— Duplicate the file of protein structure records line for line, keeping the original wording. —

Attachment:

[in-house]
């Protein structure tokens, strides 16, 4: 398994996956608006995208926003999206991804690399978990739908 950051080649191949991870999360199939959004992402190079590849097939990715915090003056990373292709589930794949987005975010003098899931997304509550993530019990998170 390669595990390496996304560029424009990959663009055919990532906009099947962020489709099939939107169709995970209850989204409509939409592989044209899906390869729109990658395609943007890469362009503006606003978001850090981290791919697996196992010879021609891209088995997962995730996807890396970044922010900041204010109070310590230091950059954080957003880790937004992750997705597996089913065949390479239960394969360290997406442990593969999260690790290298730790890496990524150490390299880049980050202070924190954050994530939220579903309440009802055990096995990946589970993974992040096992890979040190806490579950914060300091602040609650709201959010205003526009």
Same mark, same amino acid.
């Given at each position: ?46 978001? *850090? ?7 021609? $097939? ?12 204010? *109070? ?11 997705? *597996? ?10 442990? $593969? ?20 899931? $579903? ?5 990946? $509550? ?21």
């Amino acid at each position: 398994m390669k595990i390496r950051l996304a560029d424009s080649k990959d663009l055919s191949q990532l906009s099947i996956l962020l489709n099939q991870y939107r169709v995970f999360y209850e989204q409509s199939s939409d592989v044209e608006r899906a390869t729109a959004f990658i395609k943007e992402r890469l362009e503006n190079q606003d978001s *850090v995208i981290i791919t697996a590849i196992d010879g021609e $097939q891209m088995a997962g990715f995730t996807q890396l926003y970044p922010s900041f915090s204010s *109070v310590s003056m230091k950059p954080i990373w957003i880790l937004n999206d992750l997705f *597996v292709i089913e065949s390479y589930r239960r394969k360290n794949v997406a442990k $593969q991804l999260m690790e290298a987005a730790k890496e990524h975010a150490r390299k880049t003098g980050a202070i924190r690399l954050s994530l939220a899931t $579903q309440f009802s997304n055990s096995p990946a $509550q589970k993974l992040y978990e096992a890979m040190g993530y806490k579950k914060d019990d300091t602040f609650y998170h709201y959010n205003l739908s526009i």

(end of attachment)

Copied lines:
[in-house]
């Protein structure tokens, strides 16, 4: 398994996956608006995208926003999206991804690399978990739908 950051080649191949991870999360199939959004992402190079590849097939990715915090003056990373292709589930794949987005975010003098899931997304509550993530019990998170 390669595990390496996304560029424009990959663009055919990532906009099947962020489709099939939107169709995970209850989204409509939409592989044209899906390869729109990658395609943007890469362009503006606003978001850090981290791919697996196992010879021609891209088995997962995730996807890396970044922010900041204010109070310590230091950059954080957003880790937004992750997705597996089913065949390479239960394969360290997406442990593969999260690790290298730790890496990524150490390299880049980050202070924190954050994530939220579903309440009802055990096995990946589970993974992040096992890979040190806490579950914060300091602040609650709201959010205003526009």
Same mark, same amino acid.
């Given at each position: ?46 978001? *850090? ?7 021609? $097939? ?12 204010? *109070? ?11 997705? *597996? ?10 442990? $593969? ?20 899931? $579903? ?5 990946? $509550? ?21």
């Amino acid at each position: 398994m390669k595990i390496r950051l996304a560029d424009s080649k990959d663009l055919s191949q990532l906009s099947i996956l962020l489709n099939q991870y939107r169709v995970f999360y209850e989204q409509s199939s939409d592989v044209e608006r899906a390869t729109a959004f990658i395609k943007e992402r890469l362009e503006n190079q606003d978001s *850090v995208i981290i791919t697996a590849i196992d010879g021609e $097939q891209m088995a997962g990715f995730t996807q890396l926003y970044p922010s900041f915090s204010s *109070v310590s003056m230091k950059p954080i990373w957003i880790l937004n999206d992750l997705f *597996v292709i089913e065949s390479y589930r239960r394969k360290n794949v997406a442990k $593969q991804l999260m690790e290298a987005a730790k890496e990524h975010a150490r390299k880049t003098g980050a202070i924190r690399l954050s994530l939220a899931t $579903q309440f009802s997304n055990s096995p990946a $509550q589970k993974l992040y978990e096992a890979m040190g993530y806490k579950k914060d019990d300091t602040f609650y998170h709201y959010n205003l739908s526009i």